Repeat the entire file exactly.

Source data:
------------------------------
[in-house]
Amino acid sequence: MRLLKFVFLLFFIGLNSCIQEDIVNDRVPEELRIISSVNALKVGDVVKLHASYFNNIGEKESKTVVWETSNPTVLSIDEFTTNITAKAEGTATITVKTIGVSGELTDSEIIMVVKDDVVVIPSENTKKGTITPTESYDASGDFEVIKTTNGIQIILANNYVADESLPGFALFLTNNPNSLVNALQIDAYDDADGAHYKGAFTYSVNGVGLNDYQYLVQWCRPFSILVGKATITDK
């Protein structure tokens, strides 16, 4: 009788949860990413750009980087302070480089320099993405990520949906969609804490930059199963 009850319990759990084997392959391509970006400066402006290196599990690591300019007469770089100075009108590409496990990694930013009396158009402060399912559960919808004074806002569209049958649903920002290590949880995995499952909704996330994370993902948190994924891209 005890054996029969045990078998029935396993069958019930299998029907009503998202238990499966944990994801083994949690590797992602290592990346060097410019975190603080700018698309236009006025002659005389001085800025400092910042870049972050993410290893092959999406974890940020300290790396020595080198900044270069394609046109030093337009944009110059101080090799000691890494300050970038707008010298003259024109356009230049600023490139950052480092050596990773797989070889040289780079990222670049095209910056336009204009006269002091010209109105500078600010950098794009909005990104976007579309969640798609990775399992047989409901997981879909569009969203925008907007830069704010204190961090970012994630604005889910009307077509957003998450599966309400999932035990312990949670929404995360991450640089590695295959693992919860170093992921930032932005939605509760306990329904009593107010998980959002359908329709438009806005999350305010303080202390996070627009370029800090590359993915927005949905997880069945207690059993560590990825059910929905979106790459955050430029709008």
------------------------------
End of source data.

[in-house]
Amino acid sequence: MRLLKFVFLLFFIGLNSCIQEDIVNDRVPEELRIISSVNALKVGDVVKLHASYFNNIGEKESKTVVWETSNPTVLSIDEFTTNITAKAEGTATITVKTIGVSGELTDSEIIMVVKDDVVVIPSENTKKGTITPTESYDASGDFEVIKTTNGIQIILANNYVADESLPGFALFLTNNPNSLVNALQIDAYDDADGAHYKGAFTYSVNGVGLNDYQYLVQWCRPFSILVGKATITDK
């Protein structure tokens, strides 16, 4: 009788949860990413750009980087302070480089320099993405990520949906969609804490930059199963 009850319990759990084997392959391509970006400066402006290196599990690591300019007469770089100075009108590409496990990694930013009396158009402060399912559960919808004074806002569209049958649903920002290590949880995995499952909704996330994370993902948190994924891209 005890054996029969045990078998029935396993069958019930299998029907009503998202238990499966944990994801083994949690590797992602290592990346060097410019975190603080700018698309236009006025002659005389001085800025400092910042870049972050993410290893092959999406974890940020300290790396020595080198900044270069394609046109030093337009944009110059101080090799000691890494300050970038707008010298003259024109356009230049600023490139950052480092050596990773797989070889040289780079990222670049095209910056336009204009006269002091010209109105500078600010950098794009909005990104976007579309969640798609990775399992047989409901997981879909569009969203925008907007830069704010204190961090970012994630604005889910009307077509957003998450599966309400999932035990312990949670929404995360991450640089590695295959693992919860170093992921930032932005939605509760306990329904009593107010998980959002359908329709438009806005999350305010303080202390996070627009370029800090590359993915927005949905997880069945207690059993560590990825059910929905979106790459955050430029709008």